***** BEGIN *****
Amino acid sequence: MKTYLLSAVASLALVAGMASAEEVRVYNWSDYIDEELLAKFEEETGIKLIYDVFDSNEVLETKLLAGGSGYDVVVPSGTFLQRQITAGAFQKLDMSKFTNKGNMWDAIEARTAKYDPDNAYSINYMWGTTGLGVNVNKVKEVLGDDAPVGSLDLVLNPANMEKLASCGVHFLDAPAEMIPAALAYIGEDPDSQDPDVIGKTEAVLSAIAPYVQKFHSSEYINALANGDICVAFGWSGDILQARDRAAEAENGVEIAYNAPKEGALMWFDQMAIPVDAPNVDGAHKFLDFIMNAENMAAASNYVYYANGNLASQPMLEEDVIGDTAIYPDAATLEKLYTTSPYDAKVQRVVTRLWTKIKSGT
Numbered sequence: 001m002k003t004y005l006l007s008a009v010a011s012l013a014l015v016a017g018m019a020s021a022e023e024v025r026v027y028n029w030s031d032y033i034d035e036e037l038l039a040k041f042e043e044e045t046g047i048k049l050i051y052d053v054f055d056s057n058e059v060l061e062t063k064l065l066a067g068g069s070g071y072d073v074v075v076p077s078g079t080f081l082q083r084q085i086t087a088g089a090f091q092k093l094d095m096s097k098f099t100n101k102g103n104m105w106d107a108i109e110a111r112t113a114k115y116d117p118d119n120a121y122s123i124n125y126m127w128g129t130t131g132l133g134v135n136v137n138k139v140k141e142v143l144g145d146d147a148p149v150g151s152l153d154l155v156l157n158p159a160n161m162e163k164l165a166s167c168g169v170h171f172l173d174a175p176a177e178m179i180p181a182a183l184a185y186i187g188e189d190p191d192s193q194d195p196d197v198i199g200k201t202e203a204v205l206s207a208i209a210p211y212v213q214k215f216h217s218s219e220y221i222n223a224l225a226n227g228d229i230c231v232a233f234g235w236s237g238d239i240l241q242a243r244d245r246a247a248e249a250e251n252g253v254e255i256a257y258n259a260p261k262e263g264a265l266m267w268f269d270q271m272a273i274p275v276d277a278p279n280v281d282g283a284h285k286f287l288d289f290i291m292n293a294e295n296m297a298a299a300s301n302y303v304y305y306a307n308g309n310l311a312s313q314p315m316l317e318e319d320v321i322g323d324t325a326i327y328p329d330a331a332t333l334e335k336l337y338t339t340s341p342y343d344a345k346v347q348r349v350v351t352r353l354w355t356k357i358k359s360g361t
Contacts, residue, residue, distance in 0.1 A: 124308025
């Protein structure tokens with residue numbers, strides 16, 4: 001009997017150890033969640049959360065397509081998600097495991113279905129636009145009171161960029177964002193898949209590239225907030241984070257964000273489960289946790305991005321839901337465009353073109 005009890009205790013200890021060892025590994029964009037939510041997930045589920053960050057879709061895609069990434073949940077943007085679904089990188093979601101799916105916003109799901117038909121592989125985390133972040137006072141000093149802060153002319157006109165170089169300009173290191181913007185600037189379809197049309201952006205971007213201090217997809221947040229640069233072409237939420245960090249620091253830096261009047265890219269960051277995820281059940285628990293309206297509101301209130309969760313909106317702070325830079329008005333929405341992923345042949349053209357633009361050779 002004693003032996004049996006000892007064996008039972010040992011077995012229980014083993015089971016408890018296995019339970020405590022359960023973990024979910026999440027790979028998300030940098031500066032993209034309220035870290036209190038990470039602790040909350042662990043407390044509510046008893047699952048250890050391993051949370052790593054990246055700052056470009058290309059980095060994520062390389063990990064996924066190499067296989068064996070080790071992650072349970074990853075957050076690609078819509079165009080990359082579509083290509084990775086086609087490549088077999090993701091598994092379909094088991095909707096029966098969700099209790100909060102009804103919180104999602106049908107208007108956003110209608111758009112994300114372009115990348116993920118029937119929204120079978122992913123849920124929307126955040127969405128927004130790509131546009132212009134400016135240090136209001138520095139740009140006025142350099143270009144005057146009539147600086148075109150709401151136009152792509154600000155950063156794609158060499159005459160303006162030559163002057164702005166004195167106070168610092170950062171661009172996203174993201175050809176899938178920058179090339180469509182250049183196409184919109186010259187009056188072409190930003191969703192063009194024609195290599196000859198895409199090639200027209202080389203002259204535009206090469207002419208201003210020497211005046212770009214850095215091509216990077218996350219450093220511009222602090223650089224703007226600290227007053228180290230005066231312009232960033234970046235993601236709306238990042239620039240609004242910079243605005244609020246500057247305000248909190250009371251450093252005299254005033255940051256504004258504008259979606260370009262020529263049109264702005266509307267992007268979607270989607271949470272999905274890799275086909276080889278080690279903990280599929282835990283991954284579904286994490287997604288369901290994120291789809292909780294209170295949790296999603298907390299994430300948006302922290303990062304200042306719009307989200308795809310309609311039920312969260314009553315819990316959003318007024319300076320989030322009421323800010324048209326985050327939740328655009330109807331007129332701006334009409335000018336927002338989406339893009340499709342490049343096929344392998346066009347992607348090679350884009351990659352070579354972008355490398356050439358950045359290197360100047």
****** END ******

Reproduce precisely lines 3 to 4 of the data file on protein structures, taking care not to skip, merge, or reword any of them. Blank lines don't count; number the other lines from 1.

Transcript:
Contacts, residue, residue, distance in 0.1 A: 124308025
């Protein structure tokens with residue numbers, strides 16, 4: 001009997017150890033969640049959360065397509081998600097495991113279905129636009145009171161960029177964002193898949209590239225907030241984070257964000273489960289946790305991005321839901337465009353073109 005009890009205790013200890021060892025590994029964009037939510041997930045589920053960050057879709061895609069990434073949940077943007085679904089990188093979601101799916105916003109799901117038909121592989125985390133972040137006072141000093149802060153002319157006109165170089169300009173290191181913007185600037189379809197049309201952006205971007213201090217997809221947040229640069233072409237939420245960090249620091253830096261009047265890219269960051277995820281059940285628990293309206297509101301209130309969760313909106317702070325830079329008005333929405341992923345042949349053209357633009361050779 002004693003032996004049996006000892007064996008039972010040992011077995012229980014083993015089971016408890018296995019339970020405590022359960023973990024979910026999440027790979028998300030940098031500066032993209034309220035870290036209190038990470039602790040909350042662990043407390044509510046008893047699952048250890050391993051949370052790593054990246055700052056470009058290309059980095060994520062390389063990990064996924066190499067296989068064996070080790071992650072349970074990853075957050076690609078819509079165009080990359082579509083290509084990775086086609087490549088077999090993701091598994092379909094088991095909707096029966098969700099209790100909060102009804103919180104999602106049908107208007108956003110209608111758009112994300114372009115990348116993920118029937119929204120079978122992913123849920124929307126955040127969405128927004130790509131546009132212009134400016135240090136209001138520095139740009140006025142350099143270009144005057146009539147600086148075109150709401151136009152792509154600000155950063156794609158060499159005459160303006162030559163002057164702005166004195167106070168610092170950062171661009172996203174993201175050809176899938178920058179090339180469509182250049183196409184919109186010259187009056188072409190930003191969703192063009194024609195290599196000859198895409199090639200027209202080389203002259204535009206090469207002419208201003210020497211005046212770009214850095215091509216990077218996350219450093220511009222602090223650089224703007226600290227007053228180290230005066231312009232960033234970046235993601236709306238990042239620039240609004242910079243605005244609020246500057247305000248909190250009371251450093252005299254005033255940051256504004258504008259979606260370009262020529263049109264702005266509307267992007268979607270989607271949470272999905274890799275086909276080889278080690279903990280599929282835990283991954284579904286994490287997604288369901290994120291789809292909780294209170295949790296999603298907390299994430300948006302922290303990062304200042306719009307989200308795809310309609311039920312969260314009553315819990316959003318007024319300076320989030322009421323800010324048209326985050327939740328655009330109807331007129332701006334009409335000018336927002338989406339893009340499709342490049343096929344392998346066009347992607348090679350884009351990659352070579354972008355490398356050439358950045359290197360100047």